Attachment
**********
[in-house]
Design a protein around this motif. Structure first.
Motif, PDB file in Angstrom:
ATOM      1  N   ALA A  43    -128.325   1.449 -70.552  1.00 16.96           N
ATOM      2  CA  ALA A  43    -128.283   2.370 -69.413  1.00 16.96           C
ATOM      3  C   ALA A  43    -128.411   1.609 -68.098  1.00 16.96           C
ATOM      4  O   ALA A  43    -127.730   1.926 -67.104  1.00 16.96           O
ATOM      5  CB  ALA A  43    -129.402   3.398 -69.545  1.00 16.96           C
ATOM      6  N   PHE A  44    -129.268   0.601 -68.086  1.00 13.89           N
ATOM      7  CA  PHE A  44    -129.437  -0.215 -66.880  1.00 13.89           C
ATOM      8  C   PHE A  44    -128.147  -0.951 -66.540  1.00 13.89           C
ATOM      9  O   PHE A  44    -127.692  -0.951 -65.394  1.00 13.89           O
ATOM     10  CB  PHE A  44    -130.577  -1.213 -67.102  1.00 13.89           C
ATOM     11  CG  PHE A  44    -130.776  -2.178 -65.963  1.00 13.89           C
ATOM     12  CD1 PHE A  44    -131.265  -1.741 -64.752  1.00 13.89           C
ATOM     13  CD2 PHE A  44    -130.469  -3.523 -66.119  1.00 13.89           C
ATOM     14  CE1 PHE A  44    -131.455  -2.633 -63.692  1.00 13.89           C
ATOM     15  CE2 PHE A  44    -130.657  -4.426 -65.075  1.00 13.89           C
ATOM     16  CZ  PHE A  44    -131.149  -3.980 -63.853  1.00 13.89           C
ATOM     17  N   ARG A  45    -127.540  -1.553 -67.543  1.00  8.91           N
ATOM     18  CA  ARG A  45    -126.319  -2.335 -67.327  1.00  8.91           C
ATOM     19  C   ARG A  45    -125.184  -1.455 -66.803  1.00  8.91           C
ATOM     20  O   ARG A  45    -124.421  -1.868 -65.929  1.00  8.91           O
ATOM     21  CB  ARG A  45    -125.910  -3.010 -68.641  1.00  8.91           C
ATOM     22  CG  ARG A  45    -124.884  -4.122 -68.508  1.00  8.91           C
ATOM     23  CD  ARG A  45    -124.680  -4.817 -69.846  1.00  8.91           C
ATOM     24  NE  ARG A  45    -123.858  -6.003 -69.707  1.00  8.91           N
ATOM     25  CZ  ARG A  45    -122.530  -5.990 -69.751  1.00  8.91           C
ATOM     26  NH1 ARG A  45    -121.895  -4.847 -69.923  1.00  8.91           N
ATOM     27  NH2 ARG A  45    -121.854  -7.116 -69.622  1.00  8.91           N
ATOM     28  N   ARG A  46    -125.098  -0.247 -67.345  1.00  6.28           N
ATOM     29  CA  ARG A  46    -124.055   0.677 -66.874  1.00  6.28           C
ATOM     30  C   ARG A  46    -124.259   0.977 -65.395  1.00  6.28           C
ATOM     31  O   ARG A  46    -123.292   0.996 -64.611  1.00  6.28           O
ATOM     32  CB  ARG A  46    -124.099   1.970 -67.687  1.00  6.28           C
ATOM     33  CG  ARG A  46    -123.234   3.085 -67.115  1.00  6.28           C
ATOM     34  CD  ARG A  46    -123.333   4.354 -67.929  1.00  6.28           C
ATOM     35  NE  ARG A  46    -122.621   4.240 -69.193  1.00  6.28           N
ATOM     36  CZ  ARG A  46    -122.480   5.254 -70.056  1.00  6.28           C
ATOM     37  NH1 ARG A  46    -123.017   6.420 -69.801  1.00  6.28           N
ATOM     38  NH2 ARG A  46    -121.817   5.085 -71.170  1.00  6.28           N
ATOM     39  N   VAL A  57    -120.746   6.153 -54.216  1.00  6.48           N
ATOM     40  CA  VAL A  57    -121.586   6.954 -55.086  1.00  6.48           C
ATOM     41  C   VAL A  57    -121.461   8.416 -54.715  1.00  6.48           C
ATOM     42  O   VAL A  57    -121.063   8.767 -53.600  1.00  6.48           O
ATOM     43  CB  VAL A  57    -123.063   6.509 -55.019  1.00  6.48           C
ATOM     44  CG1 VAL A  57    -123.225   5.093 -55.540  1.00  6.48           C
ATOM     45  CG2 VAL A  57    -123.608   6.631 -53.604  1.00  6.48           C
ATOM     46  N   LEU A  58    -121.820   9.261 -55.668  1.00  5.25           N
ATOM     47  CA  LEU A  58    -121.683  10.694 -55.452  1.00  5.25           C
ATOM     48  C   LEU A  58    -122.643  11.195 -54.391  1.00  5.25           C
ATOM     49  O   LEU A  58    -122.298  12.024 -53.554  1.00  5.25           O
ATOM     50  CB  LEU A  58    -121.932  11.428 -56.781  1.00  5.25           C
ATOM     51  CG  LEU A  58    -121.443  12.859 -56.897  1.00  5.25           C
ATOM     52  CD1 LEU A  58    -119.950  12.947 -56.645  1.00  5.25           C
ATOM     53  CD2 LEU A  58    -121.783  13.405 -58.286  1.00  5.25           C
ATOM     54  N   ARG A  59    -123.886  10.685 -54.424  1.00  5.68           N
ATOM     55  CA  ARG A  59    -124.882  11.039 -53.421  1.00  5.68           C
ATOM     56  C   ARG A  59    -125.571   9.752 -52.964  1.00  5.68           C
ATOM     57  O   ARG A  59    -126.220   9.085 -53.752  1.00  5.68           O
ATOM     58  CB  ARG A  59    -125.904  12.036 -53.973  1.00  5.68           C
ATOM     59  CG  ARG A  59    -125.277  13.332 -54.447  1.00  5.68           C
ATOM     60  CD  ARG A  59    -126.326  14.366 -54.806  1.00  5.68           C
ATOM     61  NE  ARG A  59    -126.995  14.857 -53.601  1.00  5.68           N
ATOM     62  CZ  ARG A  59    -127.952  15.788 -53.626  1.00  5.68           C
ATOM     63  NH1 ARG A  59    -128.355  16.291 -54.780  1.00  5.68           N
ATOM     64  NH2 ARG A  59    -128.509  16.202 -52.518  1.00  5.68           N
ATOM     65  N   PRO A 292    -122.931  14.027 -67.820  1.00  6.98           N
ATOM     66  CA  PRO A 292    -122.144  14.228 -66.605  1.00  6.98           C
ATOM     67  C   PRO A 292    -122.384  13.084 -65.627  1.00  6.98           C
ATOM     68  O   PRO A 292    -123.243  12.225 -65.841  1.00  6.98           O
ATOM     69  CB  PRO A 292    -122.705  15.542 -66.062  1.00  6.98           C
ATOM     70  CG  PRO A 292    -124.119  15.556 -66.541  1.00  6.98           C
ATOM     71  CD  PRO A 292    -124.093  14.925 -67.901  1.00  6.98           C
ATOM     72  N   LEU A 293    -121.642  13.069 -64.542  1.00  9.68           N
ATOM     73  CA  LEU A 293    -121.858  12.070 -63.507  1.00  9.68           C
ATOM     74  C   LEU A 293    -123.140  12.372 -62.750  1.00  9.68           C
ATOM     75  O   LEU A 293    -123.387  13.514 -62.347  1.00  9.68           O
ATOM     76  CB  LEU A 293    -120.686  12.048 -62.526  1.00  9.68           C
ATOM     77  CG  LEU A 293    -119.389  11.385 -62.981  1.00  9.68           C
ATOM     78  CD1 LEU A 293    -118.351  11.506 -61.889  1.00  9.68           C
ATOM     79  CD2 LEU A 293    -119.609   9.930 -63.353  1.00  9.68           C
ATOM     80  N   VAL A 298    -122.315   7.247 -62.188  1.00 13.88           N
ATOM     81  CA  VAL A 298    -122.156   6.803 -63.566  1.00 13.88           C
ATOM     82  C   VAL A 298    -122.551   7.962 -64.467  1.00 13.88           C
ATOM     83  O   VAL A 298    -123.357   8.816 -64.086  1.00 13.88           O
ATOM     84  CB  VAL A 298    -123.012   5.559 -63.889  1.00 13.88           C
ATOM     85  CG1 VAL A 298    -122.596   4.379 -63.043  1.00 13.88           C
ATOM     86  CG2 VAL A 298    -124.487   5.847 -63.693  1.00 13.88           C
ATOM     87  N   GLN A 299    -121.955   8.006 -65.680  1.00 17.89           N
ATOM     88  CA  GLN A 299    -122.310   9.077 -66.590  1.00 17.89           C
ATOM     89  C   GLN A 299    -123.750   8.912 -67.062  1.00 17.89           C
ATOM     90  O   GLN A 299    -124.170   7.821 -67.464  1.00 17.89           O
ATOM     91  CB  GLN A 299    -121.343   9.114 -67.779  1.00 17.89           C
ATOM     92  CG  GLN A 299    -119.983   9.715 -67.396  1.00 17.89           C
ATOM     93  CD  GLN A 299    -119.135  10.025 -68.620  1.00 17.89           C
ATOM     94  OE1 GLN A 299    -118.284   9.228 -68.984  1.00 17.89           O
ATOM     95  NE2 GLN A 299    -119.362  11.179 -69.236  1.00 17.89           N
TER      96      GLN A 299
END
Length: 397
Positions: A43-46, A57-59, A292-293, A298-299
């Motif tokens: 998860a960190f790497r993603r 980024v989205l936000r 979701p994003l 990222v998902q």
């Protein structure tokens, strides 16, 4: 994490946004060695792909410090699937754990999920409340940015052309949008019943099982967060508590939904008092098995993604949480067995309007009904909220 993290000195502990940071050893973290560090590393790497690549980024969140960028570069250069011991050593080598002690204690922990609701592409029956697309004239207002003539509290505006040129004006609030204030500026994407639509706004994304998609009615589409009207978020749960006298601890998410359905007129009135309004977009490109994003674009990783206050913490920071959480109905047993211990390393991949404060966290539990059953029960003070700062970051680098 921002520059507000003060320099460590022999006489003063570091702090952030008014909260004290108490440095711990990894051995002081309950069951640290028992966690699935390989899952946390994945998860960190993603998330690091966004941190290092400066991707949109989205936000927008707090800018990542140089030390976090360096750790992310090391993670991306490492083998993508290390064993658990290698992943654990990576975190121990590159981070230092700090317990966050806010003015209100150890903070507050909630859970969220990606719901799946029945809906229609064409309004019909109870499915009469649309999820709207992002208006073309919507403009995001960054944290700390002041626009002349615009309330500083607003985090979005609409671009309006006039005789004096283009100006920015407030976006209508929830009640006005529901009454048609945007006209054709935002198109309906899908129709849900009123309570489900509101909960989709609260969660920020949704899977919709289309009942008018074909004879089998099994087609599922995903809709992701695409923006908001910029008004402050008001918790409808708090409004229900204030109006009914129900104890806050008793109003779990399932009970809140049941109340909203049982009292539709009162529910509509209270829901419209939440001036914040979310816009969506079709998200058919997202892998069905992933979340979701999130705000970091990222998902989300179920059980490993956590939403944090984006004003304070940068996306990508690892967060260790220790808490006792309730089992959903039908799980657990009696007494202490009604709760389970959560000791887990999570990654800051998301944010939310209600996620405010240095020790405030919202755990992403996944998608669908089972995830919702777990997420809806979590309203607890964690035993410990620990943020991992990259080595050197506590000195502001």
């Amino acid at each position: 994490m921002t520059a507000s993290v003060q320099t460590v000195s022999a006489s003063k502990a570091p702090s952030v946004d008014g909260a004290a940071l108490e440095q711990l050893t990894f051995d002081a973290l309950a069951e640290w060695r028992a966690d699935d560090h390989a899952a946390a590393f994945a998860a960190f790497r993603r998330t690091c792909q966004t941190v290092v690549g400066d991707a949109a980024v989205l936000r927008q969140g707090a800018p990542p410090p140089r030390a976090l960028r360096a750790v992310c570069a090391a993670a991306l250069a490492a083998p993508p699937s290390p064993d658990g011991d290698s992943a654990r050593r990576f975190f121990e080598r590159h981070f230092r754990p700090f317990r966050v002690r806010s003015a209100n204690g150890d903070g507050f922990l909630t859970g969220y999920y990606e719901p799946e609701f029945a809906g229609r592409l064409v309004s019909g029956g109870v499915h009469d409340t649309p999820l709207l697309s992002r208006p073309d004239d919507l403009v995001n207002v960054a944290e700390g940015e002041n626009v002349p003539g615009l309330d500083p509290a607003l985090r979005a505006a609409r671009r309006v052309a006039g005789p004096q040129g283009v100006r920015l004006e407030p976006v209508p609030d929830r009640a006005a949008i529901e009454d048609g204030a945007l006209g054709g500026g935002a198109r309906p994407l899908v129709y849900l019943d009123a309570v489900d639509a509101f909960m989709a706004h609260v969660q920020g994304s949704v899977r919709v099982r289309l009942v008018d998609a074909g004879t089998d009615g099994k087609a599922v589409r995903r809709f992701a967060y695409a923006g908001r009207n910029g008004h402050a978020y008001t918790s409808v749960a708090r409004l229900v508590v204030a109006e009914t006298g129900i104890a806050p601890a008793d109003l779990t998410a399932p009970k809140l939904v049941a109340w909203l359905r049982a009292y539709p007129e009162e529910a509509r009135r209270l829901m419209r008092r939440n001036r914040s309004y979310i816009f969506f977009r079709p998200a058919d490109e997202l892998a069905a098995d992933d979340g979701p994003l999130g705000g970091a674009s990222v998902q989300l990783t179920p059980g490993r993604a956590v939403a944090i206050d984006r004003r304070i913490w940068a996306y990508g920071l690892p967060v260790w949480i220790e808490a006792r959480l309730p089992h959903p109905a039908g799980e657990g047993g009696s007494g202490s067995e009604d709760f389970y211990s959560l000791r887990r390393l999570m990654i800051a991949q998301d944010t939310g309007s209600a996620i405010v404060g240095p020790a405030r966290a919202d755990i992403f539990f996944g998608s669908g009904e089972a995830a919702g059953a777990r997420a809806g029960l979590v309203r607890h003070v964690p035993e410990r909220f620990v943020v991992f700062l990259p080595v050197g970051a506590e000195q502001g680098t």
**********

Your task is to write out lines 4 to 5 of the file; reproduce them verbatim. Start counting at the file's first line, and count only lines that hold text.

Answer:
ATOM      1  N   ALA A  43    -128.325   1.449 -70.552  1.00 16.96           N
ATOM      2  CA  ALA A  43    -128.283   2.370 -69.413  1.00 16.96           C